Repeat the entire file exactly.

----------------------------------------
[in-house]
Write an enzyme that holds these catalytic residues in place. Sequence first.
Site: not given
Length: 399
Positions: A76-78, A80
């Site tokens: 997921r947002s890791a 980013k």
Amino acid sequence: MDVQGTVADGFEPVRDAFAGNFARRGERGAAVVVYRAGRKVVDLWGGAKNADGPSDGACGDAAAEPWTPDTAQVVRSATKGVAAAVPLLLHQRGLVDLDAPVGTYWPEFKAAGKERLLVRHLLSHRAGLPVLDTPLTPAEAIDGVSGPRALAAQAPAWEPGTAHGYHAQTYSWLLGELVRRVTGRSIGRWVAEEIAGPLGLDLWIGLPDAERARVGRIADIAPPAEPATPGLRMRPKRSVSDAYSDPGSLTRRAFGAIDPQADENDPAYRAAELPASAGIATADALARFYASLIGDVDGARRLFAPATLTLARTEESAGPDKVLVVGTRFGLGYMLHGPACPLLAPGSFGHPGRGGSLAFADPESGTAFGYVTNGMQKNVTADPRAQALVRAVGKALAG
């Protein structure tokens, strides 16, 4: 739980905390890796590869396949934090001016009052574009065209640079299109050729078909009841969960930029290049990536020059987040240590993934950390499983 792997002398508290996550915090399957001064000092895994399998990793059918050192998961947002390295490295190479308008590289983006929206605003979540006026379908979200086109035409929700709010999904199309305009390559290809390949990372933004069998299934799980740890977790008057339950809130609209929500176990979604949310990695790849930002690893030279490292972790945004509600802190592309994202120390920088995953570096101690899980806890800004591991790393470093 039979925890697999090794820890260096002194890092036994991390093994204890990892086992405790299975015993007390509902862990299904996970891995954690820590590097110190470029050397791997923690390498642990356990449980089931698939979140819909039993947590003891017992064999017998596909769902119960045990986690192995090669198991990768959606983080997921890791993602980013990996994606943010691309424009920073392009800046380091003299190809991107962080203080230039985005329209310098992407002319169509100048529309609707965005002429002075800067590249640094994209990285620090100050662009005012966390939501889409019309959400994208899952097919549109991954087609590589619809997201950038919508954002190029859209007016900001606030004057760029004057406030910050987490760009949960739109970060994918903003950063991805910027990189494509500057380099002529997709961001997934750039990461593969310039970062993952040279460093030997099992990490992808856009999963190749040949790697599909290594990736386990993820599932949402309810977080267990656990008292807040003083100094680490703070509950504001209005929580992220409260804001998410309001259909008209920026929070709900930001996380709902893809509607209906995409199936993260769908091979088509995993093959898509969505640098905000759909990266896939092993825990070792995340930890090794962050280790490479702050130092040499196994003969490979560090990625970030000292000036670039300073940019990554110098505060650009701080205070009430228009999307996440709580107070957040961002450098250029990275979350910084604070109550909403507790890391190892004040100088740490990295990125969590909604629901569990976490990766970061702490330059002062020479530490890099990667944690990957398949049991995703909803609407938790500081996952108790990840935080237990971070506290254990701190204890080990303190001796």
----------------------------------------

[in-house]
Write an enzyme that holds these catalytic residues in place. Sequence first.
Site: not given
Length: 399
Positions: A76-78, A80
């Site tokens: 997921r947002s890791a 980013k």
Amino acid sequence: MDVQGTVADGFEPVRDAFAGNFARRGERGAAVVVYRAGRKVVDLWGGAKNADGPSDGACGDAAAEPWTPDTAQVVRSATKGVAAAVPLLLHQRGLVDLDAPVGTYWPEFKAAGKERLLVRHLLSHRAGLPVLDTPLTPAEAIDGVSGPRALAAQAPAWEPGTAHGYHAQTYSWLLGELVRRVTGRSIGRWVAEEIAGPLGLDLWIGLPDAERARVGRIADIAPPAEPATPGLRMRPKRSVSDAYSDPGSLTRRAFGAIDPQADENDPAYRAAELPASAGIATADALARFYASLIGDVDGARRLFAPATLTLARTEESAGPDKVLVVGTRFGLGYMLHGPACPLLAPGSFGHPGRGGSLAFADPESGTAFGYVTNGMQKNVTADPRAQALVRAVGKALAG
């Protein structure tokens, strides 16, 4: 739980905390890796590869396949934090001016009052574009065209640079299109050729078909009841969960930029290049990536020059987040240590993934950390499983 792997002398508290996550915090399957001064000092895994399998990793059918050192998961947002390295490295190479308008590289983006929206605003979540006026379908979200086109035409929700709010999904199309305009390559290809390949990372933004069998299934799980740890977790008057339950809130609209929500176990979604949310990695790849930002690893030279490292972790945004509600802190592309994202120390920088995953570096101690899980806890800004591991790393470093 039979925890697999090794820890260096002194890092036994991390093994204890990892086992405790299975015993007390509902862990299904996970891995954690820590590097110190470029050397791997923690390498642990356990449980089931698939979140819909039993947590003891017992064999017998596909769902119960045990986690192995090669198991990768959606983080997921890791993602980013990996994606943010691309424009920073392009800046380091003299190809991107962080203080230039985005329209310098992407002319169509100048529309609707965005002429002075800067590249640094994209990285620090100050662009005012966390939501889409019309959400994208899952097919549109991954087609590589619809997201950038919508954002190029859209007016900001606030004057760029004057406030910050987490760009949960739109970060994918903003950063991805910027990189494509500057380099002529997709961001997934750039990461593969310039970062993952040279460093030997099992990490992808856009999963190749040949790697599909290594990736386990993820599932949402309810977080267990656990008292807040003083100094680490703070509950504001209005929580992220409260804001998410309001259909008209920026929070709900930001996380709902893809509607209906995409199936993260769908091979088509995993093959898509969505640098905000759909990266896939092993825990070792995340930890090794962050280790490479702050130092040499196994003969490979560090990625970030000292000036670039300073940019990554110098505060650009701080205070009430228009999307996440709580107070957040961002450098250029990275979350910084604070109550909403507790890391190892004040100088740490990295990125969590909604629901569990976490990766970061702490330059002062020479530490890099990667944690990957398949049991995703909803609407938790500081996952108790990840935080237990971070506290254990701190204890080990303190001796």